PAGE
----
Wednesday, July 1, 2009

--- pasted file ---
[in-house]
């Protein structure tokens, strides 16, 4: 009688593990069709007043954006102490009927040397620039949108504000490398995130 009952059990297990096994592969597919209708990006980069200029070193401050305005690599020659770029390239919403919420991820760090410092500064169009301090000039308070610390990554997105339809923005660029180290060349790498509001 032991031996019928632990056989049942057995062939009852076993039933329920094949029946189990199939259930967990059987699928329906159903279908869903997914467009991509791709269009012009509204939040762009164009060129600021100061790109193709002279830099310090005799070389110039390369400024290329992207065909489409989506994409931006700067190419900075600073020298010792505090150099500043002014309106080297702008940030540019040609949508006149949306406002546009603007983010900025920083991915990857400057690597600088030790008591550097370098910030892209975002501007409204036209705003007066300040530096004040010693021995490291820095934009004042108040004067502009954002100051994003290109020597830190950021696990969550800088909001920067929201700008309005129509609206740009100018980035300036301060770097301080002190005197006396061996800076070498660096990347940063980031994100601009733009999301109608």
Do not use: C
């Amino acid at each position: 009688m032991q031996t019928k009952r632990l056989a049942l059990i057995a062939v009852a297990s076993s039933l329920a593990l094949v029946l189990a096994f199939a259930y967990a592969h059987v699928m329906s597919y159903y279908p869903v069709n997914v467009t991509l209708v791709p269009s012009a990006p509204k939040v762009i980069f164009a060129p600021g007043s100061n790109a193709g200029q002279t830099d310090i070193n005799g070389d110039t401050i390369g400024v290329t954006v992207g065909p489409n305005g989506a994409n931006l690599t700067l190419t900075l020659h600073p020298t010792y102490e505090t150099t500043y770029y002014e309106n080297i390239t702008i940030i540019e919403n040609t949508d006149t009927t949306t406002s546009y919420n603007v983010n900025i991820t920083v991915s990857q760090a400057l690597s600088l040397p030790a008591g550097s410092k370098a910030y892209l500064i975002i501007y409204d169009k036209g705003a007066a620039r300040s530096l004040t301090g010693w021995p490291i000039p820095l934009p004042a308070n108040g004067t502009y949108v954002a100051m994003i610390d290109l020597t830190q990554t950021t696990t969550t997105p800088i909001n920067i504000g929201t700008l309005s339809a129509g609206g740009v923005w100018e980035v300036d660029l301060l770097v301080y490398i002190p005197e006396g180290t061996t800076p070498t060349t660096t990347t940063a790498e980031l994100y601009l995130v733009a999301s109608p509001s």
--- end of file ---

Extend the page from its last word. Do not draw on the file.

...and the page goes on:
I bring my raincoat because I know its coming. My hair is still warm from being on the roof hanging yesterday´s sheets to dry. Tall and fluffy mamoths, pregnant with rain, pilling up around the edges of this high mountain valley. I walk down the narrow street and take the time to notice things that have become common sights in my daily life. A street vendor manuevering a cart piled higher than his head with fruits and vegtables. Indigenous women in identical embroidered shawls, carrying countless bundles of babies, food and crafts on head and hip. The agua truck cruising the neighborhoods broadcasting its presence and a catchy tune through a single blown out speaker. The air smells of fresh pan, exhaust, carnitas, laundry soap. A man on a bike slows as he rides past, gives me a kissy face, wobbles but regains enough balance to turn again. I make my best Barrett- double chin, cross my eyes and stick out my tounge. We both laugh. I climb the innumerable steps up to the church high on the hill over looking San Christobal de las Casas. I breathe deeply and take in the whole valley. Cinderblock houses of every color- watertanks, rebar and clothes lines above, green feilds full of vegetables, maiz, countless church steeples strung with plastic prayer flags. I hear the first growl in the belly of the sky, its 1:23, right on time. The first drops fall heavy, tiny rotten plums satisfied to splat down to earth. Lightning cracks and the sky opens. I litterally run into the church, and am not alone as I stand inside the arched doorway. A family is with me, softly murmering in a native language. The plastic faces of the holy santos stare at us from their glass cases. The high ceilings echo with every crash of thunder. A neon virgin of Guadelupe sheds her light and love upon me as I sit in the empty church and write this. Its 2:02, the rain has stopped, people are poking their heads out of windows and doors. I step out onto the street once again, maybe I will get a popsicle, maybe a new book.